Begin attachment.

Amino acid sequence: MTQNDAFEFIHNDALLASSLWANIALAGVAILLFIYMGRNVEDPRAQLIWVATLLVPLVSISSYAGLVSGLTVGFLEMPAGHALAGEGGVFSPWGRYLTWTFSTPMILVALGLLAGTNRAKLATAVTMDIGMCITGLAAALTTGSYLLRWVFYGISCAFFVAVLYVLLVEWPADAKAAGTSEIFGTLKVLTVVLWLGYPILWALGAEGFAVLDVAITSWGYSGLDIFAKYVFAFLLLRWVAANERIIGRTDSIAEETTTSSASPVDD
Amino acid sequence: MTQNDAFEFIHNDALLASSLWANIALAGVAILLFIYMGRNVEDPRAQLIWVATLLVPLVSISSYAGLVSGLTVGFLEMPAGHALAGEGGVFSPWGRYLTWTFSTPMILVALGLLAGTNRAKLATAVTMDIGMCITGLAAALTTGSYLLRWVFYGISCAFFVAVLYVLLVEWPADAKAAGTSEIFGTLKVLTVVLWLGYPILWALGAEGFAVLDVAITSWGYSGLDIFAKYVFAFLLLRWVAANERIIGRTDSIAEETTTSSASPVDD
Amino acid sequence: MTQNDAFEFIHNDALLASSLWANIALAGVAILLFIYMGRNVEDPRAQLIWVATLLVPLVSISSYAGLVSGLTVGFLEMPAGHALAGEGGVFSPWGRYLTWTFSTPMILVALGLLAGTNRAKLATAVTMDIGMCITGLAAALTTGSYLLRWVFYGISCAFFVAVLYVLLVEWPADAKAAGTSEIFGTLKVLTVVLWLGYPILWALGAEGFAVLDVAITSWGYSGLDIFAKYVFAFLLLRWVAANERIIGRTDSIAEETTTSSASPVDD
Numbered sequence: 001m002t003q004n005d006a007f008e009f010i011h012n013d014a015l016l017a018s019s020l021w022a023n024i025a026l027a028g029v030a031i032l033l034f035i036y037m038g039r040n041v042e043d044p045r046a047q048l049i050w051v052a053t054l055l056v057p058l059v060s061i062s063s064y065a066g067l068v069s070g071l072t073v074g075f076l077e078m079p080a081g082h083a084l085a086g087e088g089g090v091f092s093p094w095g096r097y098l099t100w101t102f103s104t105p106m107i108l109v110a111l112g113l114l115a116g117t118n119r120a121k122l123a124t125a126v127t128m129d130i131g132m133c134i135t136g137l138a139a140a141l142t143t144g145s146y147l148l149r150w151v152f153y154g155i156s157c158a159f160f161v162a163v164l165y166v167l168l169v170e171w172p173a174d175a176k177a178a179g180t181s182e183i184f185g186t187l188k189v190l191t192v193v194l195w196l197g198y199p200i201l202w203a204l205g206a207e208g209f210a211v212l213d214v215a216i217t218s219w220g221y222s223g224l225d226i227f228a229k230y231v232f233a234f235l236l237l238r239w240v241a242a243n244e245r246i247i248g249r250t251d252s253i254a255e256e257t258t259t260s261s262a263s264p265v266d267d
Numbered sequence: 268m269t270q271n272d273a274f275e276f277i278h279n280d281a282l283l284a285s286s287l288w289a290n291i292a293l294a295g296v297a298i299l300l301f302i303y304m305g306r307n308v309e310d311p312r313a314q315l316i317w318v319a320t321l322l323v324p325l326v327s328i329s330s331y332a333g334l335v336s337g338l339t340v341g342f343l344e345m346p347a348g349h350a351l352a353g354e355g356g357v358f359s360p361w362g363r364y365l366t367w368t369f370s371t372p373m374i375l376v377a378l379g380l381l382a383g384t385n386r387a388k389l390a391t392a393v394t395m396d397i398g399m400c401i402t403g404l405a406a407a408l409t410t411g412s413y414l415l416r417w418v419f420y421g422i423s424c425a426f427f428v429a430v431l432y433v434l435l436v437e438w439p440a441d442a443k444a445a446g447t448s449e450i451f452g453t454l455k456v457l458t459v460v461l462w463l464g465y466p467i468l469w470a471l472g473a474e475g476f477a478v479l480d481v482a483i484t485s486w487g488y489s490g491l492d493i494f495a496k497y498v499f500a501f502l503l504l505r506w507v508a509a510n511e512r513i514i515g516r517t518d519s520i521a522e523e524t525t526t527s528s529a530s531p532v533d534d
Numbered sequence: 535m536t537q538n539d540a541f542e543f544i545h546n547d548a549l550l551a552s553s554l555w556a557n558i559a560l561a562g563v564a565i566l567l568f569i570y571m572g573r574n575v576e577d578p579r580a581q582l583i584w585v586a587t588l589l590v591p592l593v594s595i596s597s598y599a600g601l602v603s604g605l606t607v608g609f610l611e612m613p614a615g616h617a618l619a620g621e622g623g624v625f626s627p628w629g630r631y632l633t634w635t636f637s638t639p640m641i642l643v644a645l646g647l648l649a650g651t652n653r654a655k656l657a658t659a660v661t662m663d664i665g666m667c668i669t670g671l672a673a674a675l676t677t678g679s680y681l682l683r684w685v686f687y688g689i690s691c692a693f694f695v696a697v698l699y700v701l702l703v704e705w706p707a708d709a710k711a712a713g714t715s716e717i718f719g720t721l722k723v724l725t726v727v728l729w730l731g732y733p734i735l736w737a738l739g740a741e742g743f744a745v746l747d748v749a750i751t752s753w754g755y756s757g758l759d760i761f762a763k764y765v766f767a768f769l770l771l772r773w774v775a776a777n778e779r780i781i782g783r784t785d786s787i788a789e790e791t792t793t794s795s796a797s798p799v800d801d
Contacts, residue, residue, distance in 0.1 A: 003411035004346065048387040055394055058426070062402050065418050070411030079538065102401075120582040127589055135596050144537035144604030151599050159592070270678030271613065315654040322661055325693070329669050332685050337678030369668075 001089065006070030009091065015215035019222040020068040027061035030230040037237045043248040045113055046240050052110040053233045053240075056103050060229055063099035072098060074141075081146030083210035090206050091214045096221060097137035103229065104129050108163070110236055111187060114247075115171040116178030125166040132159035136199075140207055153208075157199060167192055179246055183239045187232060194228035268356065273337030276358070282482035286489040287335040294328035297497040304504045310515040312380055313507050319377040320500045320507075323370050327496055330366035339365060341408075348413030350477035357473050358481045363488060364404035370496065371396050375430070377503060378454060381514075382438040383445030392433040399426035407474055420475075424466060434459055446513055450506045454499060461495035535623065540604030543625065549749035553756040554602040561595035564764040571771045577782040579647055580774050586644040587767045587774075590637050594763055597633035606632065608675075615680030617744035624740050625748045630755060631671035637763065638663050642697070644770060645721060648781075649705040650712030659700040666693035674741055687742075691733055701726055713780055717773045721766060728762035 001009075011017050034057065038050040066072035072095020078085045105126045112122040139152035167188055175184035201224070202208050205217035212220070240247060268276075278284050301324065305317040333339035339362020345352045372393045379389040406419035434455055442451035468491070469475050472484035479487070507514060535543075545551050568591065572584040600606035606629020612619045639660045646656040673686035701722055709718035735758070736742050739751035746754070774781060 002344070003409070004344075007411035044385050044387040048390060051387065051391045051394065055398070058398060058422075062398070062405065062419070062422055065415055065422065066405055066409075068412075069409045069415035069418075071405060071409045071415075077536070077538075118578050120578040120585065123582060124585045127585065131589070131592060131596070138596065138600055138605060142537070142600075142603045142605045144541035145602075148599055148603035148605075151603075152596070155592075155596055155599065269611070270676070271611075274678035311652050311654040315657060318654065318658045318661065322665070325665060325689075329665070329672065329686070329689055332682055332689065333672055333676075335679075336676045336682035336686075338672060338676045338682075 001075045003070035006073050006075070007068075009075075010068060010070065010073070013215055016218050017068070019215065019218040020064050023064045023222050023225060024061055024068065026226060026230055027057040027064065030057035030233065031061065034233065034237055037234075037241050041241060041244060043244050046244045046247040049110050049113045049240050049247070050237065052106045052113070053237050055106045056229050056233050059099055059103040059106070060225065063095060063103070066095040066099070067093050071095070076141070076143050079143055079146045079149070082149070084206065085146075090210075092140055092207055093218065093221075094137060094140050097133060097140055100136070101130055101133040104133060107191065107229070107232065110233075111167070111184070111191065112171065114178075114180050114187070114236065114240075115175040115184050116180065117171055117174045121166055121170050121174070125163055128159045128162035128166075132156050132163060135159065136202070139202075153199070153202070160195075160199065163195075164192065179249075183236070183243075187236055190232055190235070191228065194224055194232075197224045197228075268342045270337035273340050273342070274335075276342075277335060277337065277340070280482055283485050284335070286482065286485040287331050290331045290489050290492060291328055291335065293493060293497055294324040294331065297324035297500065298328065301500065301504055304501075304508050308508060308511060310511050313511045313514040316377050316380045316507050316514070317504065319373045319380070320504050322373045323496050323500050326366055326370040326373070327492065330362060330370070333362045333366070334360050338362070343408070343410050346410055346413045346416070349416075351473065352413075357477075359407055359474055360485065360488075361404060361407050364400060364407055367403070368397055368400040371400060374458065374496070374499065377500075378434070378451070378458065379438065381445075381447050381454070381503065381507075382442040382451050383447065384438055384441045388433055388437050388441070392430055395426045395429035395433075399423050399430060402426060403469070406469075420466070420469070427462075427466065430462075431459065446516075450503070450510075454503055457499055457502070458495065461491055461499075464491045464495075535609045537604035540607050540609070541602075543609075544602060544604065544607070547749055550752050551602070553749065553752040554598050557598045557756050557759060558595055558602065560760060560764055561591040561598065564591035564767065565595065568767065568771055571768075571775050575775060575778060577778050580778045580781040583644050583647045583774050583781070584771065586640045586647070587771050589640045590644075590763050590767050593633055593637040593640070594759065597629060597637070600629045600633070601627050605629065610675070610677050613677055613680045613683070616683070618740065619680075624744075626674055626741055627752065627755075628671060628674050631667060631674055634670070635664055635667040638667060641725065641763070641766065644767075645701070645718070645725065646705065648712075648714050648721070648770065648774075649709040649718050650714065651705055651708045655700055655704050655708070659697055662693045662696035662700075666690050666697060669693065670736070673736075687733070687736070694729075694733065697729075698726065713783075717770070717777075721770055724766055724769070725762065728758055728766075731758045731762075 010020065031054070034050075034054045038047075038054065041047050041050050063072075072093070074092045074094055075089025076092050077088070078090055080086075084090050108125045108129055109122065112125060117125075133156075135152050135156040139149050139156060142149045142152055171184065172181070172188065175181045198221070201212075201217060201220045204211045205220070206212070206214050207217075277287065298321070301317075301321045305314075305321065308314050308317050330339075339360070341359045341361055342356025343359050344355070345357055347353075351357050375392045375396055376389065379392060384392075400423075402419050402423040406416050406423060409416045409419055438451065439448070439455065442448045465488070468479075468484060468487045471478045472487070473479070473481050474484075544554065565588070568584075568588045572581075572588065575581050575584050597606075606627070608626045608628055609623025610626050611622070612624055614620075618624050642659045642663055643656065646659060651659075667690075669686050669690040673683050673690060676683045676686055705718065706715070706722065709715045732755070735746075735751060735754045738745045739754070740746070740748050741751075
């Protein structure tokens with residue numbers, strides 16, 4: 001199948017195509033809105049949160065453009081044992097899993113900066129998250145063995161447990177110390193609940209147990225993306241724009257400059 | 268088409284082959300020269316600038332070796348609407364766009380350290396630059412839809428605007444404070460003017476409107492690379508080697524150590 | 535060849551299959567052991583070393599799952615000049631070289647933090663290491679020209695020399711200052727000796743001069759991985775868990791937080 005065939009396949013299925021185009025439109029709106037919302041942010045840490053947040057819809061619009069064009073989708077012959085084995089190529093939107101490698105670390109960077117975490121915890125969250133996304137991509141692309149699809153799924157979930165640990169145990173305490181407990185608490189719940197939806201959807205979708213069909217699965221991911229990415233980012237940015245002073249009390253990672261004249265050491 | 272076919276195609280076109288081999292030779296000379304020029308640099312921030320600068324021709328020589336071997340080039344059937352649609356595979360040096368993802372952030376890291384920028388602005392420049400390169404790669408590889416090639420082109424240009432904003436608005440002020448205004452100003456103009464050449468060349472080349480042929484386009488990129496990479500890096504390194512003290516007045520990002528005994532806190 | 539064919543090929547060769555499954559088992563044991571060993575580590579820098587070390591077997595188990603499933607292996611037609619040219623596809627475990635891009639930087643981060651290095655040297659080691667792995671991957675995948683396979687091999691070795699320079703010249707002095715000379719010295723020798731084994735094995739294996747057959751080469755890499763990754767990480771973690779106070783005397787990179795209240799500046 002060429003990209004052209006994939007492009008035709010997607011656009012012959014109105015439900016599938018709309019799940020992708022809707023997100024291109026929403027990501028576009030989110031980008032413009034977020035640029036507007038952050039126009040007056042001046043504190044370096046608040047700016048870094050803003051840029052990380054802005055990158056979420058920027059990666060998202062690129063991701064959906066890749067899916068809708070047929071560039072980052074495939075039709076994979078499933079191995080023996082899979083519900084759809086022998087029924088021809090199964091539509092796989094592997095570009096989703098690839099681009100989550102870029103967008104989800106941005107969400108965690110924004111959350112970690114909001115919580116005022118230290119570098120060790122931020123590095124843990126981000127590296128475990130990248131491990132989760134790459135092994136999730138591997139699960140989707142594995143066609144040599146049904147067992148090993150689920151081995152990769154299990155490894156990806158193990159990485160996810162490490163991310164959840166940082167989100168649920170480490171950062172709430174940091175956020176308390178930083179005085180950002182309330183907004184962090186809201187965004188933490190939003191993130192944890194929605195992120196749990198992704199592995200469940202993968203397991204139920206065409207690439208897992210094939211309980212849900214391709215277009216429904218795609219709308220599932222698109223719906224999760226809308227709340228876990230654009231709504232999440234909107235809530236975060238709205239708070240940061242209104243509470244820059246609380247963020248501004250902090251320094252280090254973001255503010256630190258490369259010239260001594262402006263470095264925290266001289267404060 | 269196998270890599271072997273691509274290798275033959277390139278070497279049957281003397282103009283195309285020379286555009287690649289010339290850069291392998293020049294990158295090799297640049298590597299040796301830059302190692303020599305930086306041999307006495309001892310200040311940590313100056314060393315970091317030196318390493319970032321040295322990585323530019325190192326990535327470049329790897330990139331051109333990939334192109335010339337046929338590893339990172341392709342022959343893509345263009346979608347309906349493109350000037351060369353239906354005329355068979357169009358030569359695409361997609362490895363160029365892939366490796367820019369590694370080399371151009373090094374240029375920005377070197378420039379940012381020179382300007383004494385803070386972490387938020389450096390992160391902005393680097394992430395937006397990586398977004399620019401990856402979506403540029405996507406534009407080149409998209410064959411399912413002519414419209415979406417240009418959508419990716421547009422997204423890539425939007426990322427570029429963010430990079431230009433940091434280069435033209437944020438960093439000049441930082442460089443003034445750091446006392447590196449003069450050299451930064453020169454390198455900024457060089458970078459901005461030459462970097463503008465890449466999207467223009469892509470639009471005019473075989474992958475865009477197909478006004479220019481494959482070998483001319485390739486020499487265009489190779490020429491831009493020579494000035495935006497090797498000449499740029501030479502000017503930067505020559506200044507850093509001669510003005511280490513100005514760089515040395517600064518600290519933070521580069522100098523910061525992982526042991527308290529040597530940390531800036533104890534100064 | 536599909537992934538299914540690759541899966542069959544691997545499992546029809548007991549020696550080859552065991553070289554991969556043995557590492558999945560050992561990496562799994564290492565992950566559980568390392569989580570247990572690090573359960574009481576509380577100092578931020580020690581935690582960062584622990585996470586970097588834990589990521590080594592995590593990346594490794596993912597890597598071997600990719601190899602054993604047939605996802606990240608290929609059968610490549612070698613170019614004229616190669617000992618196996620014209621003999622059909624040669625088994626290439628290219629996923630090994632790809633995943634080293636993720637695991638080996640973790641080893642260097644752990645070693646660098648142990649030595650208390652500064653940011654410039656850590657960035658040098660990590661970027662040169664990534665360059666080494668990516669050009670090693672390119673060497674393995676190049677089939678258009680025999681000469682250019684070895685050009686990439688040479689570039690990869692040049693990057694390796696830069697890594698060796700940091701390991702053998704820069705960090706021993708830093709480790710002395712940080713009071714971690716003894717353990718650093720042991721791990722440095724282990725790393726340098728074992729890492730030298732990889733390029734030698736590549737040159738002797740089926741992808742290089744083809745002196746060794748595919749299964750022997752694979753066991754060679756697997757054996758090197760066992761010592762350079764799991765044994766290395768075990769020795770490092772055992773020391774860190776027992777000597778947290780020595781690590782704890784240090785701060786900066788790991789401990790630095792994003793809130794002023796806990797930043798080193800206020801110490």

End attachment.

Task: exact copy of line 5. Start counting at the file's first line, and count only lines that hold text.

Numbered sequence: 268m269t270q271n272d273a274f275e276f277i278h279n280d281a282l283l284a285s286s287l288w289a290n291i292a293l294a295g296v297a298i299l300l301f302i303y304m305g306r307n308v309e310d311p312r313a314q315l316i317w318v319a320t321l322l323v324p325l326v327s328i329s330s331y332a333g334l335v336s337g338l339t340v341g342f343l344e345m346p347a348g349h350a351l352a353g354e355g356g357v358f359s360p361w362g363r364y365l366t367w368t369f370s371t372p373m374i375l376v377a378l379g380l381l382a383g384t385n386r387a388k389l390a391t392a393v394t395m396d397i398g399m400c401i402t403g404l405a406a407a408l409t410t411g412s413y414l415l416r417w418v419f420y421g422i423s424c425a426f427f428v429a430v431l432y433v434l435l436v437e438w439p440a441d442a443k444a445a446g447t448s449e450i451f452g453t454l455k456v457l458t459v460v461l462w463l464g465y466p467i468l469w470a471l472g473a474e475g476f477a478v479l480d481v482a483i484t485s486w487g488y489s490g491l492d493i494f495a496k497y498v499f500a501f502l503l504l505r506w507v508a509a510n511e512r513i514i515g516r517t518d519s520i521a522e523e524t525t526t527s528s529a530s531p532v533d534d